Joseph E. Romero, Brooklyn, MI — The churches that I have been involved in have participated in communion in conjunction with the new year or a special service. There is no directive in either the gospels or epistles regarding specifically how often to partake in communion. However, scripture is clear that communion should be observed, and that it is not a one-time event (Luke 22:19, 1 Cor. 11:26). Nonetheless, determining exactly how often the first century church partook of communion based on scripture alone is mostly guesswork. Circumstantial evidence within the New Testament does suggest, for example, that the first century church did communion in connection with a regular “agape” feast (Acts 20:6-7, 1 Cor. 11:17-34, Jude 12), which leads me to believe that communion was probably more than once a year, perhaps even weekly.

Luke 22:19 is imperative: “This do in remembrance of me.” Paul mirrors this sentiment in 1 Corinthians 11:26 when he expects us to partake of communion together “until he [Jesus] comes.” Indeed, the Greek word for communion itself means “fellowship.” In this context, communion is fellowship with the Lord, His death, and His body — the church. The whole point of scripture is the unfolding story of our restored fellowship with God, and communion illustrates this beautifully.

Alan D. Peevler, Berea, KY — Communion is an essential ordinance of the church. In the Old Testament, the Passover was mandatory for the Jews. Likewise, I feel that communion is mandatory for the born-again Christian.

We partake of communion on New Year’s and Good Friday. Our congregation always participates in foot washing before communion. Foot washing really stresses the idea of humility, love, servant hood, and prayer. I feel that it helps our hearts to be better prepared for communion.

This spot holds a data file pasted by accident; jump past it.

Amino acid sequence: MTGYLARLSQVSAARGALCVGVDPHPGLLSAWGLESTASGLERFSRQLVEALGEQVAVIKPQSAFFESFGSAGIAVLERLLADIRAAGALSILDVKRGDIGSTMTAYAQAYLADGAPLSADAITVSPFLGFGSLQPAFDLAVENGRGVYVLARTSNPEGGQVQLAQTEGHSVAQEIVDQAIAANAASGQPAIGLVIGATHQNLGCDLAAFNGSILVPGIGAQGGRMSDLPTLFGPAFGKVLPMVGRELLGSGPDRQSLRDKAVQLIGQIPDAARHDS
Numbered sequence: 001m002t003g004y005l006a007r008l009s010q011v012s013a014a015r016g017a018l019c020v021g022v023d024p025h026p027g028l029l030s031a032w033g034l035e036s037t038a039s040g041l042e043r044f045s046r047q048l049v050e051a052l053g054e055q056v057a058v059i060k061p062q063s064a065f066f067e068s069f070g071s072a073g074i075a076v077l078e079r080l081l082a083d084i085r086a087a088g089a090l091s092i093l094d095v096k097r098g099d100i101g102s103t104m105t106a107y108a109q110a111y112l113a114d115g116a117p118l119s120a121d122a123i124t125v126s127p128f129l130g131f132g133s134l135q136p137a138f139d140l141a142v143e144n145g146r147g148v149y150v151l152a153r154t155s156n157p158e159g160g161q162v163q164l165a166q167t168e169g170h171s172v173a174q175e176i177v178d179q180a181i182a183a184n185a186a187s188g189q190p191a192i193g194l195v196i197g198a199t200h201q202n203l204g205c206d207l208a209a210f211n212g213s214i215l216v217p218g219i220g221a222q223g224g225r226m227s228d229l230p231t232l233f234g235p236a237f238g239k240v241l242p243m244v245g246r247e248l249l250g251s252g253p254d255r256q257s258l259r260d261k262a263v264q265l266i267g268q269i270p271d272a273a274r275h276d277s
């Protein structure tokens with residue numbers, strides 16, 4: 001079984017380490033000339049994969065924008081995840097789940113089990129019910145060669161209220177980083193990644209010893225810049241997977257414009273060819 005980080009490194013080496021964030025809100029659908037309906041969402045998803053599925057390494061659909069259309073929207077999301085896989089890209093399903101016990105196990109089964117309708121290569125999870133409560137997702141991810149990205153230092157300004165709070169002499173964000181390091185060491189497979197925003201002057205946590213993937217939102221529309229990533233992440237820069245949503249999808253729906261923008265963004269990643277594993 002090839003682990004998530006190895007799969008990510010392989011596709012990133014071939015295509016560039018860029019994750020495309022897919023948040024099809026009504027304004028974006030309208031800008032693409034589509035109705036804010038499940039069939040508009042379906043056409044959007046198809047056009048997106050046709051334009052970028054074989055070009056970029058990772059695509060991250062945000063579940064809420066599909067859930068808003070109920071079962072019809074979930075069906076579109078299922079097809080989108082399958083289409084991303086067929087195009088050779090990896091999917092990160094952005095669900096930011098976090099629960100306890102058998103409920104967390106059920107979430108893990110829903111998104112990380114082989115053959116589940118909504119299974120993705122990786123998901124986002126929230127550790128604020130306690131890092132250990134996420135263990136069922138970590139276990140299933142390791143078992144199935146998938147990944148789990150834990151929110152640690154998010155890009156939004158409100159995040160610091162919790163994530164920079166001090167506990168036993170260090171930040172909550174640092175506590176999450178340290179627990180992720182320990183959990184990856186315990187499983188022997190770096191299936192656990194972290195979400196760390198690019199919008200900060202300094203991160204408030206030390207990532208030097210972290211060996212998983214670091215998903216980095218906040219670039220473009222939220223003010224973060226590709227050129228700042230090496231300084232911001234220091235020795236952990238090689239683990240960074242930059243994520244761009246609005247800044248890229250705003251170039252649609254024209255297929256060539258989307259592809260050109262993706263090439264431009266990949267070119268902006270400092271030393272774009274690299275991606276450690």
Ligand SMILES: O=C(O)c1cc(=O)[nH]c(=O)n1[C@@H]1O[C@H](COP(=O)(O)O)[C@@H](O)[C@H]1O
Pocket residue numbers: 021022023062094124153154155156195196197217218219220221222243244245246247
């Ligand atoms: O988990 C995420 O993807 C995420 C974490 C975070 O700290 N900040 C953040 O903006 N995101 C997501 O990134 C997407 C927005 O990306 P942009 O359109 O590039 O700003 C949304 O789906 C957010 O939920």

Our church has a unique way that we receive communion. After foot washing, I teach about the importance of communion. We have two large tables set up in the sanctuary, resembling the Last Supper. The lights are dimmed, and the tables are nicely decorated with table cloths, dinnerware and beautiful candelabras. All of the plates are right side up, except for the place at the end, where we suspect Jesus might have sat. That plate is left unturned. We have people come up twelve at a time to sit at the table, and partake in communion. We continue, until everyone has taken part.

I first experienced this type of communion service as an evangelist. I went to sit down at the communion table, right next to where Jesus might have been. As I was praying, I felt as though I was sitting next to the Master himself. We then began to sing, “He was nailed to the cross for me.” The atmosphere was powerful, and the service meaningful.

Thomas E. Snyder, Lima, OH — Our church participates in communion around the New Year. We almost always include foot washing, as it was a part of the Last Supper activities. Foot washing reminds us that while we are reflecting on our own spiritual condition, we should exhibit humble service to each other.

One year I had prayer going on in the main sanctuary while I met with each family privately and talked with them about the significance of communion. As a family, they partook of the flesh and blood of Christ, and committed themselves afresh to each other and to the Lord. The father of each family made a verbal commitment to his wife and children to serve the Lord with all his heart, soul and strength. Is communion necessary for salvation? No. But to refuse to do something that the Lord asks us to do might say a lot about our sincerity to follow Him.

Similar Articles

Leave a Reply